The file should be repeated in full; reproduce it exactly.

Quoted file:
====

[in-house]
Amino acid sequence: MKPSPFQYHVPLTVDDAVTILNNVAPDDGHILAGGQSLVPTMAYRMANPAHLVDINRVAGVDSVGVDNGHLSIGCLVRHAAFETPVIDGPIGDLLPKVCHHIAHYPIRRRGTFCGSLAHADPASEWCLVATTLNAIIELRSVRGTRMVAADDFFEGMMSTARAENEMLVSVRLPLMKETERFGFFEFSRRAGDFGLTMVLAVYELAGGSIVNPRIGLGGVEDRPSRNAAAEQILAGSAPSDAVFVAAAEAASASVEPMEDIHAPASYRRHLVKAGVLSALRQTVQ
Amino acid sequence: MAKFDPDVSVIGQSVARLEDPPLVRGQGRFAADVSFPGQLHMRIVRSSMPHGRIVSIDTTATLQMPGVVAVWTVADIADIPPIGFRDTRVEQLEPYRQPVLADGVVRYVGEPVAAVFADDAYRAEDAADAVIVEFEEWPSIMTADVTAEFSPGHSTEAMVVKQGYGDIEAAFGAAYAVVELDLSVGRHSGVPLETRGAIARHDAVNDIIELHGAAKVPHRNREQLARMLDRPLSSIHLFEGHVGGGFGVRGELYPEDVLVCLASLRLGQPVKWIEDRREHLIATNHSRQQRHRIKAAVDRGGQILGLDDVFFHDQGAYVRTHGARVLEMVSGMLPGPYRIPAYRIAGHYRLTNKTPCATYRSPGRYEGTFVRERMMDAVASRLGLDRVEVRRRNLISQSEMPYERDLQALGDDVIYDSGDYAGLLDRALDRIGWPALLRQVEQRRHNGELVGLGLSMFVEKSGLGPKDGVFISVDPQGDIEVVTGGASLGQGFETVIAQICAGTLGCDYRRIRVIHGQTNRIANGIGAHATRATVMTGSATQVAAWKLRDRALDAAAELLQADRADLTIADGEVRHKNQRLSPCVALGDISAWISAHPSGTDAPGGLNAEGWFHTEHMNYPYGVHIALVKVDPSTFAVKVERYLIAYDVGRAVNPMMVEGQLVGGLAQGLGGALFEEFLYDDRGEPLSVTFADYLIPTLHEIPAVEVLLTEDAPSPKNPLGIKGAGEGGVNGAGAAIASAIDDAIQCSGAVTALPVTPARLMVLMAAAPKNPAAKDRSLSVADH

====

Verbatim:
[in-house]
Amino acid sequence: MKPSPFQYHVPLTVDDAVTILNNVAPDDGHILAGGQSLVPTMAYRMANPAHLVDINRVAGVDSVGVDNGHLSIGCLVRHAAFETPVIDGPIGDLLPKVCHHIAHYPIRRRGTFCGSLAHADPASEWCLVATTLNAIIELRSVRGTRMVAADDFFEGMMSTARAENEMLVSVRLPLMKETERFGFFEFSRRAGDFGLTMVLAVYELAGGSIVNPRIGLGGVEDRPSRNAAAEQILAGSAPSDAVFVAAAEAASASVEPMEDIHAPASYRRHLVKAGVLSALRQTVQ
Amino acid sequence: MAKFDPDVSVIGQSVARLEDPPLVRGQGRFAADVSFPGQLHMRIVRSSMPHGRIVSIDTTATLQMPGVVAVWTVADIADIPPIGFRDTRVEQLEPYRQPVLADGVVRYVGEPVAAVFADDAYRAEDAADAVIVEFEEWPSIMTADVTAEFSPGHSTEAMVVKQGYGDIEAAFGAAYAVVELDLSVGRHSGVPLETRGAIARHDAVNDIIELHGAAKVPHRNREQLARMLDRPLSSIHLFEGHVGGGFGVRGELYPEDVLVCLASLRLGQPVKWIEDRREHLIATNHSRQQRHRIKAAVDRGGQILGLDDVFFHDQGAYVRTHGARVLEMVSGMLPGPYRIPAYRIAGHYRLTNKTPCATYRSPGRYEGTFVRERMMDAVASRLGLDRVEVRRRNLISQSEMPYERDLQALGDDVIYDSGDYAGLLDRALDRIGWPALLRQVEQRRHNGELVGLGLSMFVEKSGLGPKDGVFISVDPQGDIEVVTGGASLGQGFETVIAQICAGTLGCDYRRIRVIHGQTNRIANGIGAHATRATVMTGSATQVAAWKLRDRALDAAAELLQADRADLTIADGEVRHKNQRLSPCVALGDISAWISAHPSGTDAPGGLNAEGWFHTEHMNYPYGVHIALVKVDPSTFAVKVERYLIAYDVGRAVNPMMVEGQLVGGLAQGLGGALFEEFLYDDRGEPLSVTFADYLIPTLHEIPAVEVLLTEDAPSPKNPLGIKGAGEGGVNGAGAAIASAIDDAIQCSGAVTALPVTPARLMVLMAAAPKNPAAKDRSLSVADH